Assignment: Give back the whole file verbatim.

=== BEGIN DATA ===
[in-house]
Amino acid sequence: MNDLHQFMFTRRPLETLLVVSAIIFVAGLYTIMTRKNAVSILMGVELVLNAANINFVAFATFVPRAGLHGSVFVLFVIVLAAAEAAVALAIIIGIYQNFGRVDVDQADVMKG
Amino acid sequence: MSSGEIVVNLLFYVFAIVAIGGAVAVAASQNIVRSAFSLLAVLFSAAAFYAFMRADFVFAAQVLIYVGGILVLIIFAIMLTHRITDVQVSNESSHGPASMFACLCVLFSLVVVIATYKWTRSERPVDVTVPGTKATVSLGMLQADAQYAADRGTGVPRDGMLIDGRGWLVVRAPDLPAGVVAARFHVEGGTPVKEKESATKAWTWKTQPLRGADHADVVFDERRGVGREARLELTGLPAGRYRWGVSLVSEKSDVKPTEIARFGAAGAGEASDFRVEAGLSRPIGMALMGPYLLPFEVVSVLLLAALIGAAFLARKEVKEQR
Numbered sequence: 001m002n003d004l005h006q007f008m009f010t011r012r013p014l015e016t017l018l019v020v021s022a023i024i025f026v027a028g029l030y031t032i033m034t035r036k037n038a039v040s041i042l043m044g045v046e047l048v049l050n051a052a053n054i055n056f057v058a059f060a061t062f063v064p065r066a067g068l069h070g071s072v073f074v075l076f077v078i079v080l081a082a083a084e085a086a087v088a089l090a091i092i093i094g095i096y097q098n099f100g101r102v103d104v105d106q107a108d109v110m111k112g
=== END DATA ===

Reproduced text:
[in-house]
Amino acid sequence: MNDLHQFMFTRRPLETLLVVSAIIFVAGLYTIMTRKNAVSILMGVELVLNAANINFVAFATFVPRAGLHGSVFVLFVIVLAAAEAAVALAIIIGIYQNFGRVDVDQADVMKG
Amino acid sequence: MSSGEIVVNLLFYVFAIVAIGGAVAVAASQNIVRSAFSLLAVLFSAAAFYAFMRADFVFAAQVLIYVGGILVLIIFAIMLTHRITDVQVSNESSHGPASMFACLCVLFSLVVVIATYKWTRSERPVDVTVPGTKATVSLGMLQADAQYAADRGTGVPRDGMLIDGRGWLVVRAPDLPAGVVAARFHVEGGTPVKEKESATKAWTWKTQPLRGADHADVVFDERRGVGREARLELTGLPAGRYRWGVSLVSEKSDVKPTEIARFGAAGAGEASDFRVEAGLSRPIGMALMGPYLLPFEVVSVLLLAALIGAAFLARKEVKEQR
Numbered sequence: 001m002n003d004l005h006q007f008m009f010t011r012r013p014l015e016t017l018l019v020v021s022a023i024i025f026v027a028g029l030y031t032i033m034t035r036k037n038a039v040s041i042l043m044g045v046e047l048v049l050n051a052a053n054i055n056f057v058a059f060a061t062f063v064p065r066a067g068l069h070g071s072v073f074v075l076f077v078i079v080l081a082a083a084e085a086a087v088a089l090a091i092i093i094g095i096y097q098n099f100g101r102v103d104v105d106q107a108d109v110m111k112g